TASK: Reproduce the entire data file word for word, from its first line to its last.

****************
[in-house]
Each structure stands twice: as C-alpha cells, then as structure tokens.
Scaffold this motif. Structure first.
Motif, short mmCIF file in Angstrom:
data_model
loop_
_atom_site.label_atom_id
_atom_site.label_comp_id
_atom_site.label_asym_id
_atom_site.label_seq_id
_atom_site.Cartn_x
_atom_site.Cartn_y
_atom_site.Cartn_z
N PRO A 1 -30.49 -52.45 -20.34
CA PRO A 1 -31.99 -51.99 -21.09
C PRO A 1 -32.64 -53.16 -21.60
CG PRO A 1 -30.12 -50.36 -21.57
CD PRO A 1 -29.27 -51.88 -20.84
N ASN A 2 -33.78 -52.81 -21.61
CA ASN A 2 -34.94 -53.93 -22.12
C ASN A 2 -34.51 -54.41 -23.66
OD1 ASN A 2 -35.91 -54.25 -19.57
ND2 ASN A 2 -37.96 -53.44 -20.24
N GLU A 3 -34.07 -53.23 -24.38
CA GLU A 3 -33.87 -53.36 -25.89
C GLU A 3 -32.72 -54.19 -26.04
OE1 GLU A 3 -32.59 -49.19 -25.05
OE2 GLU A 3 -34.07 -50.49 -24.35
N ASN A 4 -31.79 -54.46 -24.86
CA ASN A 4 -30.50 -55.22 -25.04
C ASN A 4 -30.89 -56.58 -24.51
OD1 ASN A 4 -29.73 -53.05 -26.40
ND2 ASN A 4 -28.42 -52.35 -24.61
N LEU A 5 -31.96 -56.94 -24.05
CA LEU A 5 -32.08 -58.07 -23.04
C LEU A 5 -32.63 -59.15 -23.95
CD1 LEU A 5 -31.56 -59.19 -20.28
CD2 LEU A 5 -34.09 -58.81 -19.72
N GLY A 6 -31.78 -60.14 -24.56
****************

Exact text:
[in-house]
Each structure stands twice: as C-alpha cells, then as structure tokens.
Scaffold this motif. Structure first.
Motif, short mmCIF file in Angstrom:
data_model
loop_
_atom_site.label_atom_id
_atom_site.label_comp_id
_atom_site.label_asym_id
_atom_site.label_seq_id
_atom_site.Cartn_x
_atom_site.Cartn_y
_atom_site.Cartn_z
N PRO A 1 -30.49 -52.45 -20.34
CA PRO A 1 -31.99 -51.99 -21.09
C PRO A 1 -32.64 -53.16 -21.60
CG PRO A 1 -30.12 -50.36 -21.57
CD PRO A 1 -29.27 -51.88 -20.84
N ASN A 2 -33.78 -52.81 -21.61
CA ASN A 2 -34.94 -53.93 -22.12
C ASN A 2 -34.51 -54.41 -23.66
OD1 ASN A 2 -35.91 -54.25 -19.57
ND2 ASN A 2 -37.96 -53.44 -20.24
N GLU A 3 -34.07 -53.23 -24.38
CA GLU A 3 -33.87 -53.36 -25.89
C GLU A 3 -32.72 -54.19 -26.04
OE1 GLU A 3 -32.59 -49.19 -25.05
OE2 GLU A 3 -34.07 -50.49 -24.35
N ASN A 4 -31.79 -54.46 -24.86
CA ASN A 4 -30.50 -55.22 -25.04
C ASN A 4 -30.89 -56.58 -24.51
OD1 ASN A 4 -29.73 -53.05 -26.40
ND2 ASN A 4 -28.42 -52.35 -24.61
N LEU A 5 -31.96 -56.94 -24.05
CA LEU A 5 -32.08 -58.07 -23.04
C LEU A 5 -32.63 -59.15 -23.95
CD1 LEU A 5 -31.56 -59.19 -20.28
CD2 LEU A 5 -34.09 -58.81 -19.72
N GLY A 6 -31.78 -60.14 -24.56